It’s fascinating to read and listen to all the different analyses for reopening large parts of states and the economy during the Covid-19 crisis. While I’m no expert on the epidemiology, even the casual reader must know now, there are a lot of different takes on how to move forward by experts in their field. The notion that “following the science” leads to a one size fits all lock-down policy no longer makes as much sense.
But for the purposes of this post, I think it’s important to primarily talk about people over data and numbers. It occurred to me when I was at Lowe’s Home Improvement multiple times this weekend, just how tight people were packed in there. It was certainly more crowded than usual even for a weekend. This makes sense, more people are home right now and have extended time for home improvement projects. At any rate, it seemed like one of those scenes that governors, politicians, and most health experts are trying to avoid during this pandemic. Lowe’s is certainly raking in money hand over fist, at least near me, and earning reports should at least please stockholders.
I’m not picking on Lowe’s it’s just where I was this weekend. But if somebody owns a restaurant or some other small business in North Carolina and looks out upon that scene; they would easily observe the unfairness of it all. Why is Lowe’s trusted to implement social distancing measures in their own stores and not the little guy or woman? And all the more so in a retail store with a lot less foot traffic than Lowe’s?
I know the gas station/convenience store Sheetz is not a small business but they are certainly smaller than Lowe’s and it’s not a company that is publicly traded. I’ve been impressed with how their business has promoted cleanliness and good hygiene tips throughout their stores, which I’ve patronized on a number of occasions of late. Sheetz is way ahead of another big business that I won’t name but it’s a popular big pharmacy chain that is present nationwide. Sheetz is constantly cleaning and wiping things down and appears to be going the extra mile for its staff and customers. They have glass shields at checkout (at least where I have been), and plenty of signage related to Covid-19 education.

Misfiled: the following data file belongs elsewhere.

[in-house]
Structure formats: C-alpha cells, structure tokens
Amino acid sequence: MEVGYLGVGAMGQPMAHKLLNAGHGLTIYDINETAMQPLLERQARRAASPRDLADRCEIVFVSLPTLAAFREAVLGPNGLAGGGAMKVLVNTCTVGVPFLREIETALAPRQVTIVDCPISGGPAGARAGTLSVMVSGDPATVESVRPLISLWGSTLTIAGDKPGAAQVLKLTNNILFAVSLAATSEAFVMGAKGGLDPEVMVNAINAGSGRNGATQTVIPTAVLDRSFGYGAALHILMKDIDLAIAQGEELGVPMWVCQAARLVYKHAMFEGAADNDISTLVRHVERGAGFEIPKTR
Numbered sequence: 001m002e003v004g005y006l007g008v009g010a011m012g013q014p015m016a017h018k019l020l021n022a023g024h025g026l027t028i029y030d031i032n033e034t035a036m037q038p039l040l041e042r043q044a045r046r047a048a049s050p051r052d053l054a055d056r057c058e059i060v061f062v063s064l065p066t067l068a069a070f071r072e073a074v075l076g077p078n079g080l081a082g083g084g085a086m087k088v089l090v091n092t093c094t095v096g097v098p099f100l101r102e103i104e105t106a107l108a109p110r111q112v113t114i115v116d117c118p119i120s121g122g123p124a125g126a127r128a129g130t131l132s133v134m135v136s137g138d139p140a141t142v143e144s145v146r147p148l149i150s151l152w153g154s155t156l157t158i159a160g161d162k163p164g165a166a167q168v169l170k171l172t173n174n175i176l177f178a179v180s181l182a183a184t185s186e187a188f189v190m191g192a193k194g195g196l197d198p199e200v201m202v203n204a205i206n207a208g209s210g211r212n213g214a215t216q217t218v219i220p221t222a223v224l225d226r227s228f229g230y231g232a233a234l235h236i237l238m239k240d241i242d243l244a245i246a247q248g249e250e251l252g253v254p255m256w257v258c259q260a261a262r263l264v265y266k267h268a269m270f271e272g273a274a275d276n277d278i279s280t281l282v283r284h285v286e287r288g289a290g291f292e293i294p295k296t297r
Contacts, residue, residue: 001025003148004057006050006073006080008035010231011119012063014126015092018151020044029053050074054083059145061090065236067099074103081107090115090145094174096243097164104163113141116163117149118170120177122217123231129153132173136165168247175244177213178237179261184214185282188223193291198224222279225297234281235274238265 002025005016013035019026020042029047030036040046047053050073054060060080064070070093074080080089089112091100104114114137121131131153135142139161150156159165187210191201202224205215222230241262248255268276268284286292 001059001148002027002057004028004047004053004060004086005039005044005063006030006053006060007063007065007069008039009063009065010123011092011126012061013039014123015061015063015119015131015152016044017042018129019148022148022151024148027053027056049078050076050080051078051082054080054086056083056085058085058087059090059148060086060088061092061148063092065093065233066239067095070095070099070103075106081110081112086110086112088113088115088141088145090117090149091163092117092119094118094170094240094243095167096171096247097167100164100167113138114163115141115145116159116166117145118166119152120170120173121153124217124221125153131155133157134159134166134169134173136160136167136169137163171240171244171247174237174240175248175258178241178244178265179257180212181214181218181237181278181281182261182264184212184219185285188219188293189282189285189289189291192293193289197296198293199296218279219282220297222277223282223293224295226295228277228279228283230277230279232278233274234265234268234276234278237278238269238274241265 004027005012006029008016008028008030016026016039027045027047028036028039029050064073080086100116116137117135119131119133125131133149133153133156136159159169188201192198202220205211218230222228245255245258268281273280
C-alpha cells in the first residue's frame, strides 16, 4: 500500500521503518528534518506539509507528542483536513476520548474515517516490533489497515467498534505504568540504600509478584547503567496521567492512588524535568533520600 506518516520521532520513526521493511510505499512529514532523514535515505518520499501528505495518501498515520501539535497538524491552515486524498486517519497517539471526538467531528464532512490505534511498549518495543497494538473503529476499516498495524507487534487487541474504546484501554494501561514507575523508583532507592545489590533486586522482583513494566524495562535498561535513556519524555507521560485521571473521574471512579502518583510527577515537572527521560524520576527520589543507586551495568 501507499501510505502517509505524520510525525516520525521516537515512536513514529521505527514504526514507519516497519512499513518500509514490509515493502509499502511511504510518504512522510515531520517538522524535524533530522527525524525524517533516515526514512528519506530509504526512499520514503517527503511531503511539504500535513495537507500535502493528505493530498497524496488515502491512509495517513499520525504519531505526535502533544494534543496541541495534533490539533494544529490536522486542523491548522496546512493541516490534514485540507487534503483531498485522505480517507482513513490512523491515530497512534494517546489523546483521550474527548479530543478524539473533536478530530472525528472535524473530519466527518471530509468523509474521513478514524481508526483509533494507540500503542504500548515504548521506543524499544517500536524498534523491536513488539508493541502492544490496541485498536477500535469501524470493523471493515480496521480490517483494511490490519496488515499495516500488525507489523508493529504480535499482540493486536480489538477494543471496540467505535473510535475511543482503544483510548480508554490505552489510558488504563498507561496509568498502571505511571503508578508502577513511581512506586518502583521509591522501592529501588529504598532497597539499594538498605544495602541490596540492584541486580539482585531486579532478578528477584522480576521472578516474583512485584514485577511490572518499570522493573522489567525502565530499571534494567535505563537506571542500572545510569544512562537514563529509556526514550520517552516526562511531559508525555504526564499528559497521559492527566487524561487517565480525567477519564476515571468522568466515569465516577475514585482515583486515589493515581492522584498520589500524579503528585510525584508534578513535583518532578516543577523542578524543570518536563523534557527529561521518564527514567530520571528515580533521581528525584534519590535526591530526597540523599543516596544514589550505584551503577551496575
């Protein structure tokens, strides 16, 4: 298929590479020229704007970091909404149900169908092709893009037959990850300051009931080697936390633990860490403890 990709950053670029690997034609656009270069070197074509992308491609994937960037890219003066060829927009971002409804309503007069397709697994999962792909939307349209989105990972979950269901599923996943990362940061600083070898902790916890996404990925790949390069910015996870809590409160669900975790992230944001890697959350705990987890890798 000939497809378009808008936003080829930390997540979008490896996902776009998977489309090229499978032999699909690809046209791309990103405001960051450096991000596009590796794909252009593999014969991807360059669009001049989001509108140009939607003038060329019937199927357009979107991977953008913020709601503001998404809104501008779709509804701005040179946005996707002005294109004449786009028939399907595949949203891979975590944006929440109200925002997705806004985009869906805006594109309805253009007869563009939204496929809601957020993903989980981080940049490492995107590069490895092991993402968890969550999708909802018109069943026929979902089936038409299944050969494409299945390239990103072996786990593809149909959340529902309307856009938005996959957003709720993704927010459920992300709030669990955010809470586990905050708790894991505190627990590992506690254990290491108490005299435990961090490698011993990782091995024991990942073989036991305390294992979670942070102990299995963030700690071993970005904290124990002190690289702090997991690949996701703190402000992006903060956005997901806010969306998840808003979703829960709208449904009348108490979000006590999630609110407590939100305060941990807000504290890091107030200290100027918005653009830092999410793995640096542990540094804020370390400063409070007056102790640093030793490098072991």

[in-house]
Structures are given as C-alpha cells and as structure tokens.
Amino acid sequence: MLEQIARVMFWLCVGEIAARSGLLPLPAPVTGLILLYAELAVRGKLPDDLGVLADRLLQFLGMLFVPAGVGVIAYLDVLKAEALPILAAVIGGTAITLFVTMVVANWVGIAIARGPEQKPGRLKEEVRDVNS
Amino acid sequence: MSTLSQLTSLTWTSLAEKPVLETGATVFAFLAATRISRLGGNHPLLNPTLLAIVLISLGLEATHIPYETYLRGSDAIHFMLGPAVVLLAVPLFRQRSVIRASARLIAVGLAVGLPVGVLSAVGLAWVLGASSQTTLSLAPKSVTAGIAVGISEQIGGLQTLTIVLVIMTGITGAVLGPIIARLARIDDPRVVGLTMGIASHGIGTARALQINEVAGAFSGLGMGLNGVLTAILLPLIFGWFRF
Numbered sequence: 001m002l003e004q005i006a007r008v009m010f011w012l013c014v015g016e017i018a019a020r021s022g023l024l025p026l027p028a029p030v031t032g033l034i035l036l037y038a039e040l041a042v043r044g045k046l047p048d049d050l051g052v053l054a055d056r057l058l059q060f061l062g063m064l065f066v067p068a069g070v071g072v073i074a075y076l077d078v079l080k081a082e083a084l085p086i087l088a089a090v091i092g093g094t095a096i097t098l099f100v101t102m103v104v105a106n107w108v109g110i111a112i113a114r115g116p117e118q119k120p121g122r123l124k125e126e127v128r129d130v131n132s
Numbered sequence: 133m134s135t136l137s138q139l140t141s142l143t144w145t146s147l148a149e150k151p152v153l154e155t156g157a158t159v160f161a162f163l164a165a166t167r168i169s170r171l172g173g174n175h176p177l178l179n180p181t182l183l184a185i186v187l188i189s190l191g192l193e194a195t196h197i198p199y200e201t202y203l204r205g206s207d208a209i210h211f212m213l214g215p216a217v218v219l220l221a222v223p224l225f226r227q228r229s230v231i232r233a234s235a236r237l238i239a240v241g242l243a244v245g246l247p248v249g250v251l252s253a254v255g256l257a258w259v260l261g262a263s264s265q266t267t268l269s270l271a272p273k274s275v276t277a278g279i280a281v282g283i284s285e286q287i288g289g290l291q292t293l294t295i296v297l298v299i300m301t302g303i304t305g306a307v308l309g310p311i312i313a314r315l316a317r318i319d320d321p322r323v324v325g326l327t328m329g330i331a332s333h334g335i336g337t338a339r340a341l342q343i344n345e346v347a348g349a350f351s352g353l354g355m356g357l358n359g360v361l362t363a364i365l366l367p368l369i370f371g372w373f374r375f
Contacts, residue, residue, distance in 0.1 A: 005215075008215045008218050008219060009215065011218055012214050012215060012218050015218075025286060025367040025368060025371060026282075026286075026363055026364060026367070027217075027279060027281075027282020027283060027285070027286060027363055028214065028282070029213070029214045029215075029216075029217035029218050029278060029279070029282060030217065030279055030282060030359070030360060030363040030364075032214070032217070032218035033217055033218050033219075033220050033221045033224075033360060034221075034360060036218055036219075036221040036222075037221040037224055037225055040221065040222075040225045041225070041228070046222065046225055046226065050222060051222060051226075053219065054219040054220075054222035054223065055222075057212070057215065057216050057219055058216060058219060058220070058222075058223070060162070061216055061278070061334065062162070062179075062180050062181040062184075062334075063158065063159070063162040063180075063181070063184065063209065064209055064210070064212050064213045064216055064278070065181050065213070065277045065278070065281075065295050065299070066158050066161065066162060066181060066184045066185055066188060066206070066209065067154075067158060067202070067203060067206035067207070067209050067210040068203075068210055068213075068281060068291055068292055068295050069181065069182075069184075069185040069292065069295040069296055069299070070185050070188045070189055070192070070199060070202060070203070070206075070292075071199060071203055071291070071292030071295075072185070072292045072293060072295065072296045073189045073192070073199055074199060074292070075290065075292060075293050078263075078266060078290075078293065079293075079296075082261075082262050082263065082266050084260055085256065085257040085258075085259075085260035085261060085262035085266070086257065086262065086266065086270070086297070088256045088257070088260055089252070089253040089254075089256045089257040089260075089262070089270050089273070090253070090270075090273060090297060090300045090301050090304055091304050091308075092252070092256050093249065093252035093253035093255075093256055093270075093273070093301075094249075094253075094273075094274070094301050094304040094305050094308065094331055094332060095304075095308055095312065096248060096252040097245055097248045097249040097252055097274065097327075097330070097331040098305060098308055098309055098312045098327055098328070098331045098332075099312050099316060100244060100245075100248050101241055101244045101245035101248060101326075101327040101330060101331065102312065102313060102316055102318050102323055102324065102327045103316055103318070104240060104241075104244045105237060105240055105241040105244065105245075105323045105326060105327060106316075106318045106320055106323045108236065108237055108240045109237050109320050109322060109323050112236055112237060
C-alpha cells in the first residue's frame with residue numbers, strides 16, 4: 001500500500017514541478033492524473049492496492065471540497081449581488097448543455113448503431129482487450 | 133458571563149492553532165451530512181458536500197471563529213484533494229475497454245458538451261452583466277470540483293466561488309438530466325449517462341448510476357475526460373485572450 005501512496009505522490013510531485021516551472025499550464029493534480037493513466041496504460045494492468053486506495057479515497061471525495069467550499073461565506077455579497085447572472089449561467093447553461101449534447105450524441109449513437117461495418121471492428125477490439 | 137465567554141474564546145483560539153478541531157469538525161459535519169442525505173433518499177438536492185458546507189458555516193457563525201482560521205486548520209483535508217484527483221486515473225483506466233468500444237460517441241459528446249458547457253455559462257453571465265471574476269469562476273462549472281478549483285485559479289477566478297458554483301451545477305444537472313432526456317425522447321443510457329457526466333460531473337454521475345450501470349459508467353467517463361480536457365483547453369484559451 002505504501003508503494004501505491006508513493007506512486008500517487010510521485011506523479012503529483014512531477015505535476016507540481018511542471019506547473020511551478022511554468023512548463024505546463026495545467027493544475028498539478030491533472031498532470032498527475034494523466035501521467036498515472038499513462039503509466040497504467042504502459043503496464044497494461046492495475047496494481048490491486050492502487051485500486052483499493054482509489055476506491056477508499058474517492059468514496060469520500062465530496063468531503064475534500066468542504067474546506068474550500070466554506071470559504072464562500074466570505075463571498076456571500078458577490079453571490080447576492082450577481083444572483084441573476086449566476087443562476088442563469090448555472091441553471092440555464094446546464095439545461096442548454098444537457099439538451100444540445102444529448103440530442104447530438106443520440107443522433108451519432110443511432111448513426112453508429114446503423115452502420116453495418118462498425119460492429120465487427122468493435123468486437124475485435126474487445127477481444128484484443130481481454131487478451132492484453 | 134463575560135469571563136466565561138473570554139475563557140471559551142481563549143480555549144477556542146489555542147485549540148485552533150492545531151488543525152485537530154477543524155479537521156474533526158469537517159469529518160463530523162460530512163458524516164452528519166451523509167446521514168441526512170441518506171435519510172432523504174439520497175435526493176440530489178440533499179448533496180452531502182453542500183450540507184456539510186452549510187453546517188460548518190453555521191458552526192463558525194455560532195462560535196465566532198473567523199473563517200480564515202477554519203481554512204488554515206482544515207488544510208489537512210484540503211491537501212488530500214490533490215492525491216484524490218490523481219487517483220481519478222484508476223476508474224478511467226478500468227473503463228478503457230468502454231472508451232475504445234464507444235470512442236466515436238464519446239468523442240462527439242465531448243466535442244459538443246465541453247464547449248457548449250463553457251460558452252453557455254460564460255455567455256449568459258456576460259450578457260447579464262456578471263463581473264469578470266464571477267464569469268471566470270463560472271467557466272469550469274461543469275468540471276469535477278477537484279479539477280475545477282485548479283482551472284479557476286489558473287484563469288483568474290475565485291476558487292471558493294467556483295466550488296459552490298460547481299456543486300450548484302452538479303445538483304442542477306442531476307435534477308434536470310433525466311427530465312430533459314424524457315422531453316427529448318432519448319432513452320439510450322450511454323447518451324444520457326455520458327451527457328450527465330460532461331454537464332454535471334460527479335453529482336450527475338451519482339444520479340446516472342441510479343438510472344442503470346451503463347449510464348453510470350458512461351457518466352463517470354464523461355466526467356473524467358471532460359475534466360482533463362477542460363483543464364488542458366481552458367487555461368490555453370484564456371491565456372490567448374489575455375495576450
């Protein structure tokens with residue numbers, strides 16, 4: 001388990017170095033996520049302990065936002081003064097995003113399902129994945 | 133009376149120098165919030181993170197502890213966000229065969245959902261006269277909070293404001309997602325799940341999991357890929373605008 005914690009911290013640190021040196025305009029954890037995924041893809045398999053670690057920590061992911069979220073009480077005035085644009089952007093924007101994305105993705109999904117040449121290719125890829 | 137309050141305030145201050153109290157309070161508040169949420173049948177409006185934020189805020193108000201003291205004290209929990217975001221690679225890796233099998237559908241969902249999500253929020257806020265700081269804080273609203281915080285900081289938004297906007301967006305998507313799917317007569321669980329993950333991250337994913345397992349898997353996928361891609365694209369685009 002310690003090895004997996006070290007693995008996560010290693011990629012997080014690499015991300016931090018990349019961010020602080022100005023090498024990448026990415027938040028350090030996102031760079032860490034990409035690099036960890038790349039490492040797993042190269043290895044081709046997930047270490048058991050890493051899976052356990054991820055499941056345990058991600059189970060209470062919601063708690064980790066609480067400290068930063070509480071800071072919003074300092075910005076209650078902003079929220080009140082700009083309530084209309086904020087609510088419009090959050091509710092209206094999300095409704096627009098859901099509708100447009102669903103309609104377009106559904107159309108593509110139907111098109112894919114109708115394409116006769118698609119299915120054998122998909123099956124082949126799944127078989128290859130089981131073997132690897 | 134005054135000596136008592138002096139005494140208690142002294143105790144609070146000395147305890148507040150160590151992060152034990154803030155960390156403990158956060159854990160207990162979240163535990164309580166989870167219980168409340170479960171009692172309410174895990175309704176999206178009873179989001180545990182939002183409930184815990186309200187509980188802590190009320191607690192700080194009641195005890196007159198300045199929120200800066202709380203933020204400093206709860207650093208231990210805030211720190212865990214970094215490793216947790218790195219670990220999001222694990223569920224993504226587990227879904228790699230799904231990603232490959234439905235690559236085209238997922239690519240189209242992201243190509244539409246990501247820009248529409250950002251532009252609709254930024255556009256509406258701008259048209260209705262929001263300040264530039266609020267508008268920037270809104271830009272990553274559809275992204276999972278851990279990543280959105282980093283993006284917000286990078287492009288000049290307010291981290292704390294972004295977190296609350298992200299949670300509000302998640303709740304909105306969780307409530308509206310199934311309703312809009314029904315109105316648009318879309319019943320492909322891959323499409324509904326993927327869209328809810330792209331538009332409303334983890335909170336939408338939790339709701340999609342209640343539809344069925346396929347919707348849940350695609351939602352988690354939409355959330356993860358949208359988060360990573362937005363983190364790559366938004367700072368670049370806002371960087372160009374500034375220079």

At any rate, the point is we need to trust business leaders and the people of this state more than we do now. Let’s trust them to be good citizens and to take the necessary precautions so we can have more businesses open to salvage small and medium-sized commerce.
Freedom requires virtue. This is something America’s founders continually stressed. We need to allow for our own government and authorities to trust the citizenry to manage this crisis and protect public health too. A reopening plan can’t be effectively micromanaged from Raleigh. We’ve already seen the disaster of that with Gov. Gretchen Whitmer in Michigan decreeing state mandates for what might make sense in the Detroit area, yet makes no sense in virtually unaffected places, such as Michigan’s Upper Penninsula.
Local leaders need to be empowered and should be able to push back against state directives in certain cases so livelihoods aren’t completely destroyed. Likewise, the people are still the government and it’s okay to pushback and seek unanswered questions over Covid-19 policies and timelines. You shouldn’t be made to feel like you want people to die or have no compassion for grandma or grandpa because you are asking questions.
At any rate, as an observer, I’ve noticed that small businesses can effectively, and in many cases, more effectively implement social distancing and safety precautions to protect citizens in this state. Fortunately, I think it’s become obvious to more and more people that the one-size-fits-all management and arbitrary closings are no longer fair or make much sense.